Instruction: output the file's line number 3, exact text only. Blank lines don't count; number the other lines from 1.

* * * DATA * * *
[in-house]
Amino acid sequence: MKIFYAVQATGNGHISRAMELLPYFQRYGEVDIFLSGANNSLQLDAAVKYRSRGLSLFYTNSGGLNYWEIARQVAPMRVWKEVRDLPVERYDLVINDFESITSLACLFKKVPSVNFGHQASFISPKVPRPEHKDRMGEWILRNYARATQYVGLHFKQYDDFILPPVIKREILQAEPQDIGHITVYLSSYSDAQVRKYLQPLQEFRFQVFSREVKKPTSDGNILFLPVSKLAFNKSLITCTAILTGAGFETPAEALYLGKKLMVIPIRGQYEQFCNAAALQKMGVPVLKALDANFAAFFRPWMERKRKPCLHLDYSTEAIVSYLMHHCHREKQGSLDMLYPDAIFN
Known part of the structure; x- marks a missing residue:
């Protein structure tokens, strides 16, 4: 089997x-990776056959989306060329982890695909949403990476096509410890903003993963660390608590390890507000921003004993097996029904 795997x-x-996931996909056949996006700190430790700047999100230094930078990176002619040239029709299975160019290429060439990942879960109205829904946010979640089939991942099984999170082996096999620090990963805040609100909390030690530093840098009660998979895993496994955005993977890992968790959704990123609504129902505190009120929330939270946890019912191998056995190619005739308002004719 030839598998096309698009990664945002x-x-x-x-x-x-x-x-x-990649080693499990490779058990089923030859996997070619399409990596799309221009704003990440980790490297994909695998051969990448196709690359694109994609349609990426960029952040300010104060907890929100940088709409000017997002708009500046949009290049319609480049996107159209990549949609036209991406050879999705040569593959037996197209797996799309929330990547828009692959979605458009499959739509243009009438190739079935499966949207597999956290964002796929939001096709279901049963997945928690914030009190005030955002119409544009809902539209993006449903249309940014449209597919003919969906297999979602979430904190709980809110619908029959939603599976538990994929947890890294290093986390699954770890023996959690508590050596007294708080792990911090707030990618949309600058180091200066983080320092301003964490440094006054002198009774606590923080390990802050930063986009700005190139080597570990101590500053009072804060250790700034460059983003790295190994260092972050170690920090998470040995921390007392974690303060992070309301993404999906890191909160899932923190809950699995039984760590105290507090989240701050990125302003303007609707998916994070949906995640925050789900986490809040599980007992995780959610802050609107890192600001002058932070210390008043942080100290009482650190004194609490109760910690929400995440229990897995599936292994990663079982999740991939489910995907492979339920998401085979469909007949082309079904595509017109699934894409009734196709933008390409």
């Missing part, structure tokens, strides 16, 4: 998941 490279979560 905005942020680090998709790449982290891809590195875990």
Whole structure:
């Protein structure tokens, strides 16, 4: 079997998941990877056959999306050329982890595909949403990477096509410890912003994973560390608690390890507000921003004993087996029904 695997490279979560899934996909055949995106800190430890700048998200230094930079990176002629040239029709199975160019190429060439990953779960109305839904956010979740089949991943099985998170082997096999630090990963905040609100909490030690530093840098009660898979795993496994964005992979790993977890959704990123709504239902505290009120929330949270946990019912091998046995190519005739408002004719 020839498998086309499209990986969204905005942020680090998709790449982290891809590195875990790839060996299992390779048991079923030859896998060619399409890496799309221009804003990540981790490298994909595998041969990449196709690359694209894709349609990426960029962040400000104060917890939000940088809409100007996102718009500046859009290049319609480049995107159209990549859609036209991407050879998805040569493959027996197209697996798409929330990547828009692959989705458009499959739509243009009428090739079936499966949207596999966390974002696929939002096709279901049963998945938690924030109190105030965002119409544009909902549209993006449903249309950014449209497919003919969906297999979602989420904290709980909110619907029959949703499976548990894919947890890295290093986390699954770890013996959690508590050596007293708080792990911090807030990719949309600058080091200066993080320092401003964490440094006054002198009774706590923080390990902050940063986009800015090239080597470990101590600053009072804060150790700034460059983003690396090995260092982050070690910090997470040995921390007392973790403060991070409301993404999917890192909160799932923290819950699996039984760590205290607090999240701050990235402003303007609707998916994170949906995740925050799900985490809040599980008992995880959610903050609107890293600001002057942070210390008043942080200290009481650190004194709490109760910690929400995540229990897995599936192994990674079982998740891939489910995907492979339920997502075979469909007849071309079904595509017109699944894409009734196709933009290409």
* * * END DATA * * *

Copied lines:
Known part of the structure; x- marks a missing residue: